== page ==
Adornment: Healthy Flattery & Rituals of Self-Love

by on February 29th, 2012
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The upcoming Spring Issue of Plant Healer Magazine will include the second installment of the Herbalist Fashion department, this time focused on wild-hearted Feral Style as modeled by our own Kiva Rose along with Leah and Chloe of Rising Appalachia.  Below is a brief excerpt from the opening essay meant to encourage self love as well as self adornment, with the full article available by subscribing at: www.PlantHealerMagazine.com

Adornment:
Healthy Flattery & Rituals of Self-Love

By Jesse Wolf Hardin

I watch as she stops to admire herself.  Far from conceited about her looks, she has spent much of her life disappointed in her shape and doubting her attractiveness.  Some times she wore formless clothes that hid her curves, other times her outfits and jewelry that none could see past.  I am fortunate to have witness the evolution of a wardrobe that now reveals and accentuates her true, powerful and beautiful being.

Instead of critically scowling at her reflection as she has at other times, this morning she wears a self-knowing smile.  She admires the handwork on her peasant blouse, adjusts it until approving of the way it hangs and highlights, arranges her flowing hair, then one by one lifts her necklaces from their perch and slips them over her head.  The first is a magical bear’s tooth, ivory toned in its silver and moonstone berth.  Next is a bear’s head carved out of sparkling green amber, then a gold capped elk tooth that speaks of her other half.  From her ears she hangs Middle-Eastern bangles that hint at her love of belly-dancing, and native beaded hat bands evoking the spirit of our local Southwestern tribes.  She steps back from the mirror and smiles.

There exists a potential for both enchantment and deep connection every time we mindfully adorn, tend or nourish what is surely our sacred body.  Full noticing is an essential and sensual sacrament: admiring the quality of, smelling the scent of, listening to the shuffling of, delighting in the glint of, savoring the tactile softness of our carefully chosen clothing and decorative jewelry, tattoos and hair styles.  And clothing and adornment are not only a way for announcing our gender, tastes, identities or means of livelihood, she proves that they can also serve as a visible way of honoring ourselves.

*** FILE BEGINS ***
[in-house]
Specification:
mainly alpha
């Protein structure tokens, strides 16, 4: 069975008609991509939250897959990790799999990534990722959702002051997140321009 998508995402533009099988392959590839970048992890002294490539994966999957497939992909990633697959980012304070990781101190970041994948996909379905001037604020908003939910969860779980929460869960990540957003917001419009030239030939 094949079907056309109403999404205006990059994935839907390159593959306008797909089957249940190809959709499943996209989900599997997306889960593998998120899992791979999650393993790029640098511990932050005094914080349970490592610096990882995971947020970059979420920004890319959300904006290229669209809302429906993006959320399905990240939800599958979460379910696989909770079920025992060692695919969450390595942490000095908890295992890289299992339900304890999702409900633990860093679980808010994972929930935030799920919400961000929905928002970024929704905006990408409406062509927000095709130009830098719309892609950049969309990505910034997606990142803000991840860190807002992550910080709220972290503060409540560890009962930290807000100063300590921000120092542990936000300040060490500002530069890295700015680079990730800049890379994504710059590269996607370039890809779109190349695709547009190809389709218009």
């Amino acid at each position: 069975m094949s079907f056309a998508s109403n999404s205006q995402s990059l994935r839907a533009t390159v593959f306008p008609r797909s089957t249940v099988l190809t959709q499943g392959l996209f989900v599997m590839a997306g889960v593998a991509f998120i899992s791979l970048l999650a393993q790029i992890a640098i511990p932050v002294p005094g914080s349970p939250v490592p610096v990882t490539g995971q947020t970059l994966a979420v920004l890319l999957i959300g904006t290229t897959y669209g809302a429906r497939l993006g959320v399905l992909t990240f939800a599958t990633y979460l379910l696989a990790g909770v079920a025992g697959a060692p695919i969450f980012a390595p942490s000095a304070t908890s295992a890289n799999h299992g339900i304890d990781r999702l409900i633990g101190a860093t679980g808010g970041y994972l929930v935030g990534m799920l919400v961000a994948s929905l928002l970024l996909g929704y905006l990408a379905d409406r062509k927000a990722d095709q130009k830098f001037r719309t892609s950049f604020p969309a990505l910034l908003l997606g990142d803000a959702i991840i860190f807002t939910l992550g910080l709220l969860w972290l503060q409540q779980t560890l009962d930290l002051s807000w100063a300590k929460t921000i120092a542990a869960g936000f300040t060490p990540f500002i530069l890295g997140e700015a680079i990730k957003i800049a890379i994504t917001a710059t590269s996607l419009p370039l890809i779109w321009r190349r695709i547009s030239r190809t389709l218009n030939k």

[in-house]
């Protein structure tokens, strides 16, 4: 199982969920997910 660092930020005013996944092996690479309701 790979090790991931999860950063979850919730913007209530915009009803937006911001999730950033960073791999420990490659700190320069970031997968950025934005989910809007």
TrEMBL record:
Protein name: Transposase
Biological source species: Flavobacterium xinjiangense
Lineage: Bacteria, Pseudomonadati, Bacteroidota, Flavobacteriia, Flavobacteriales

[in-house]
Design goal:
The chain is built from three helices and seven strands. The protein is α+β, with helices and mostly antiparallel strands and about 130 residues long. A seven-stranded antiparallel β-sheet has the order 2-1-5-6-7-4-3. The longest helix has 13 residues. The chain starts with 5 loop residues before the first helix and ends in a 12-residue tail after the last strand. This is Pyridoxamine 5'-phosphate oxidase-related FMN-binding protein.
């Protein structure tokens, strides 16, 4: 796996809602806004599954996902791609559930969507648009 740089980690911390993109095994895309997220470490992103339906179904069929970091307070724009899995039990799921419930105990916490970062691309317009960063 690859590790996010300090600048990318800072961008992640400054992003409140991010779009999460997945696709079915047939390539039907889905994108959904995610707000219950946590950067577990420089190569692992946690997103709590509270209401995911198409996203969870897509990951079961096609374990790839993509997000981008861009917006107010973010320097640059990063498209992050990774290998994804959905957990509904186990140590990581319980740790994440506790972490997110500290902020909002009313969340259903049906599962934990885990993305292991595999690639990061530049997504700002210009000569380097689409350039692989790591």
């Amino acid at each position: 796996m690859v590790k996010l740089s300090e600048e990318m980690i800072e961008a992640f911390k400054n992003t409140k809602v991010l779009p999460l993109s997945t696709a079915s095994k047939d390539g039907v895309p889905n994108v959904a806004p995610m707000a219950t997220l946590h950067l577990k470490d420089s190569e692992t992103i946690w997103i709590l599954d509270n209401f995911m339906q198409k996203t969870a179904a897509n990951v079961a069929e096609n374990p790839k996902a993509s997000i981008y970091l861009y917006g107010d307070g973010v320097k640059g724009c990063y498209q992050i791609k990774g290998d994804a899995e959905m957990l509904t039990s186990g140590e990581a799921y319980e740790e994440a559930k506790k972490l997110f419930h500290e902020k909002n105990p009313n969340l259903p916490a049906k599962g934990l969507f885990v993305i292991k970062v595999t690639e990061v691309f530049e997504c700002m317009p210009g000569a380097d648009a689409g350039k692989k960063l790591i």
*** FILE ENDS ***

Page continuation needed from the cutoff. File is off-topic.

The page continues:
Dressing up for ourselves is important, like making a nourishing candlelit meal even when there is no one around to eat with us.  It is an act of acknowledgment and love that the body and the subconscious both appreciate, helping to mend any illusory schism between the spiritual and the physical, helping heal the wounds made whenever we’ve overly scrutinized or criticized our bodily shapes and forms.  To embellish is literally to “make beautiful,” but the act also implies our recognition that what we decorate is deserving of the expense and effort.  In this way conscious dressing-up can communicate to the depths of our being that we believe we are worthy of the attention and embellishment.  In this way earrings aren’t put on in order to win compliments, elicit desire or find a mate – not for any external reason – but as a gift to ourselves, as we continue the healing work of self-understanding and self-love.

The word “adorn” derives from the Latin ornare, meaning “to equip” and “get ready.”  Adornment, at its best and healthiest, makes us each the alchemists and artists of our own existence, a deliberate expressive act equipping ourselves with self-knowledge and self-confidence, getting ready to live ever more beautiful, generous and manifested lives.  As with the similar sounding word “adore,” to adorn speaks of the value of healthy appreciation and ritual tending.  One can dress-up to “fit in,” to impress, to please or even to discomfort others… or we can don and adorn in order to honor and demonstrate our special selves instead.

She  turns her head and catches me watching her, first looking alarmed and self conscious, then her features shift as if to say she feels both honored and recognized.  She then steps outside, not into a busy crowd but a congregation of ancient pines and turquoise sky, gleeful songbirds and gurgling river.  Like her, the sunlit crimson cliffs and brilliant wild blossoms seem to have put on their best, holding their heads high, glowing in the face of every test.

……………………………………

Now let your wild side shine….

.

(Post and Forward Freely)


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  • Aleah

    Beautiful, thoughtful post… The transformation of “what one should wear” to choosing to shape-shift into various expressions of our true being is often filled with all of the emotional healing you mentioned. Many of us have had to wear costumes to suit the outside world – office attire, a forced sexy look, or hidden beneath ill-fitting clothes – and moving away from this mode of being can be awkward and painful.
    My own experience with this has led me to become somewhat “tomboyish” when I am really doing what I love and being me, and feeling so free from all of the baggage of uncomfortable, starched pants and heels. Your post has me questioning whether I can retain the fun of adornment without feeling like I am supposed to meet a standard- based on outside opinions. The beauty in this is in NOT having to choose one expression of persona – rather, enjoying whatever mood strikes: one day lace, the next day old jeans—both being completely a part of who I am and what I enjoy. =)

  • Sharing this, reblogging…for I just now have stepped into this…I have arrived…thank you for affirming! xoxo

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